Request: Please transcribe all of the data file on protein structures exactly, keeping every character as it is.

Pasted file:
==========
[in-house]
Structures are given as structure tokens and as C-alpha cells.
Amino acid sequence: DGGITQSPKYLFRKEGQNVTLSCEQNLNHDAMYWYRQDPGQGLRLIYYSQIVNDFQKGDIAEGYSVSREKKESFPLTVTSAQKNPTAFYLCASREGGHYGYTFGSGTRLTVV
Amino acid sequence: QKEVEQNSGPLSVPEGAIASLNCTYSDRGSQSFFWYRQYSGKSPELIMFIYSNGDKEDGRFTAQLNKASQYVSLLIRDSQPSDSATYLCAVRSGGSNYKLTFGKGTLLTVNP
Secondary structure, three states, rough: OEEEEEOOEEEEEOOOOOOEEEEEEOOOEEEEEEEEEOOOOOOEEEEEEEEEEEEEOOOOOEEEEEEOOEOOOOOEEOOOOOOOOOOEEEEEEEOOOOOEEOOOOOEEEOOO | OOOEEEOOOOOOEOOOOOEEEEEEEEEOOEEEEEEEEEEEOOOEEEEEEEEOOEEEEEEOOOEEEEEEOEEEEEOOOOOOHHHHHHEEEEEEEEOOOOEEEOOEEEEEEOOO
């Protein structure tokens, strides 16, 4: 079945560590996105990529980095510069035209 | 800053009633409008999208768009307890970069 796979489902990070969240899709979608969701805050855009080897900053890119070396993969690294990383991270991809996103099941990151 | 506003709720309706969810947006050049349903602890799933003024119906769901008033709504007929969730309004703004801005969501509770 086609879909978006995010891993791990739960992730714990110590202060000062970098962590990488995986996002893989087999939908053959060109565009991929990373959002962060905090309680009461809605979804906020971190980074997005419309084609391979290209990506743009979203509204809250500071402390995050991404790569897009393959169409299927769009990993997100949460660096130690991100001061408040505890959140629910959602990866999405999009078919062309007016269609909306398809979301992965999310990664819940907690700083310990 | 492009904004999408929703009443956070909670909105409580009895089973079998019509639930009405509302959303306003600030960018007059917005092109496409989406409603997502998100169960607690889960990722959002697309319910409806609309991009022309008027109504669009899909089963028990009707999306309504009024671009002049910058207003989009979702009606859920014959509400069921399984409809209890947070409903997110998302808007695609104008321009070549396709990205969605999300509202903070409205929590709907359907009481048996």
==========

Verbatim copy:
[in-house]
Structures are given as structure tokens and as C-alpha cells.
Amino acid sequence: DGGITQSPKYLFRKEGQNVTLSCEQNLNHDAMYWYRQDPGQGLRLIYYSQIVNDFQKGDIAEGYSVSREKKESFPLTVTSAQKNPTAFYLCASREGGHYGYTFGSGTRLTVV
Amino acid sequence: QKEVEQNSGPLSVPEGAIASLNCTYSDRGSQSFFWYRQYSGKSPELIMFIYSNGDKEDGRFTAQLNKASQYVSLLIRDSQPSDSATYLCAVRSGGSNYKLTFGKGTLLTVNP
Secondary structure, three states, rough: OEEEEEOOEEEEEOOOOOOEEEEEEOOOEEEEEEEEEOOOOOOEEEEEEEEEEEEEOOOOOEEEEEEOOEOOOOOEEOOOOOOOOOOEEEEEEEOOOOOEEOOOOOEEEOOO | OOOEEEOOOOOOEOOOOOEEEEEEEEEOOEEEEEEEEEEEOOOEEEEEEEEOOEEEEEEOOOEEEEEEOEEEEEOOOOOOHHHHHHEEEEEEEEOOOOEEEOOEEEEEEOOO
């Protein structure tokens, strides 16, 4: 079945560590996105990529980095510069035209 | 800053009633409008999208768009307890970069 796979489902990070969240899709979608969701805050855009080897900053890119070396993969690294990383991270991809996103099941990151 | 506003709720309706969810947006050049349903602890799933003024119906769901008033709504007929969730309004703004801005969501509770 086609879909978006995010891993791990739960992730714990110590202060000062970098962590990488995986996002893989087999939908053959060109565009991929990373959002962060905090309680009461809605979804906020971190980074997005419309084609391979290209990506743009979203509204809250500071402390995050991404790569897009393959169409299927769009990993997100949460660096130690991100001061408040505890959140629910959602990866999405999009078919062309007016269609909306398809979301992965999310990664819940907690700083310990 | 492009904004999408929703009443956070909670909105409580009895089973079998019509639930009405509302959303306003600030960018007059917005092109496409989406409603997502998100169960607690889960990722959002697309319910409806609309991009022309008027109504669009899909089963028990009707999306309504009024671009002049910058207003989009979702009606859920014959509400069921399984409809209890947070409903997110998302808007695609104008321009070549396709990205969605999300509202903070409205929590709907359907009481048996």